April 3 (Bloomberg) -- Private-equity fundraising for real estate dropped to the lowest level in almost a decade as the process of collecting capital from investors lengthened to more than double the time spent in 2007, Preqin Ltd. said.
About $5.2 billion was raised globally by 20 closed-end funds, a 79 percent decline from the previous three months and the lowest since the third quarter of 2003, the London-based research firm said today in a statement. Funds that held final closings in the period were marketed for an average of 18.7 months, compared with 9.2 months in 2007, near the commercial real estate market’s peak, Preqin said.
“Although investor appetite for private real estate funds has increased in recent months, competition for limited partner commitments remains intense and fundraising for most managers is a long, difficult process,” Andrew Moylan, Preqin’s head of real assets products, said in the statement.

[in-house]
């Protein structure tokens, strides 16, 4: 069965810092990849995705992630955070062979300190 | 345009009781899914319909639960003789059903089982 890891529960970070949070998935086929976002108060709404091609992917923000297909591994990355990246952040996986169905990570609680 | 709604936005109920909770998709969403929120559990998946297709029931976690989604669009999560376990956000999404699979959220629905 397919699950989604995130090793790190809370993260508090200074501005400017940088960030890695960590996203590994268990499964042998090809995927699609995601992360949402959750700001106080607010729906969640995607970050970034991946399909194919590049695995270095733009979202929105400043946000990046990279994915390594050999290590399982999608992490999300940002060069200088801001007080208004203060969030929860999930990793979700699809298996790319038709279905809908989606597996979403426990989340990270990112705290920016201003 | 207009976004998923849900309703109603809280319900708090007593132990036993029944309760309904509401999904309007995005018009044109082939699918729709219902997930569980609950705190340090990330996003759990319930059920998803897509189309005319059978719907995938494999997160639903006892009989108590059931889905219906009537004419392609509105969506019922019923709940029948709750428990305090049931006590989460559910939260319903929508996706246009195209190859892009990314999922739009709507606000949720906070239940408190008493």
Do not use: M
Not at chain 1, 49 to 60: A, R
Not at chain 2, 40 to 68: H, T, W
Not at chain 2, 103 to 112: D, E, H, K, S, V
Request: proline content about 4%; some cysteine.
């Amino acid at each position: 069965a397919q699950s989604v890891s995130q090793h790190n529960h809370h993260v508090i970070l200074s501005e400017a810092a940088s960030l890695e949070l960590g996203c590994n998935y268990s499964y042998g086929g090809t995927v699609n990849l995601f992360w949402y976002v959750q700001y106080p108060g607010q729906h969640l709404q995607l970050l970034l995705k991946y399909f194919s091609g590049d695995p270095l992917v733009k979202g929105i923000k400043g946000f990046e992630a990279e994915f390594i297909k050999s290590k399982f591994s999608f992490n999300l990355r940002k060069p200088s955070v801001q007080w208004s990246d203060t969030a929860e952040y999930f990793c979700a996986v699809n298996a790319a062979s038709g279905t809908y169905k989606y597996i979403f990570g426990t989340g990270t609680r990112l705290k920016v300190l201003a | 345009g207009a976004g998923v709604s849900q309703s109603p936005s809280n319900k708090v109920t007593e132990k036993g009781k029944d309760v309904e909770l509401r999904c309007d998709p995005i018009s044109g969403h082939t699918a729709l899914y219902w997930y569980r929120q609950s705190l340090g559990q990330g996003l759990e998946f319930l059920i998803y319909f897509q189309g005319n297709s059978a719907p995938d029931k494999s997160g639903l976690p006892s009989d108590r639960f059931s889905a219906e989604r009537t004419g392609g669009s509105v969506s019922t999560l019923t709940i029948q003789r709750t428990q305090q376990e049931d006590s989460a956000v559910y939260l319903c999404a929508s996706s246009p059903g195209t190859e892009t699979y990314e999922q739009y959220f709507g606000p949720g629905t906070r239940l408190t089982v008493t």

Boston-based Rockpoint Group LLC had the biggest final closing of the first quarter, a $1.95 billion fund for distressed and value-added property in the U.S., U.K. and Japan, according to Preqin. Prime Finance Partners LLC, based in New York, followed with a $621 million U.S. debt fund, and Birmingham, Alabama-based Harbert Management Corp. was third with a 254 million-euro ($326 million) European fund.
Funds with a North America focus raised the most capital, with 12 receiving commitments of a combined $3.7 billion, Preqin said. Five Asia-focused funds got $776 million and three Europe funds got $756 million, according to the research firm, which compiles data that it sells to alternative-asset managers.
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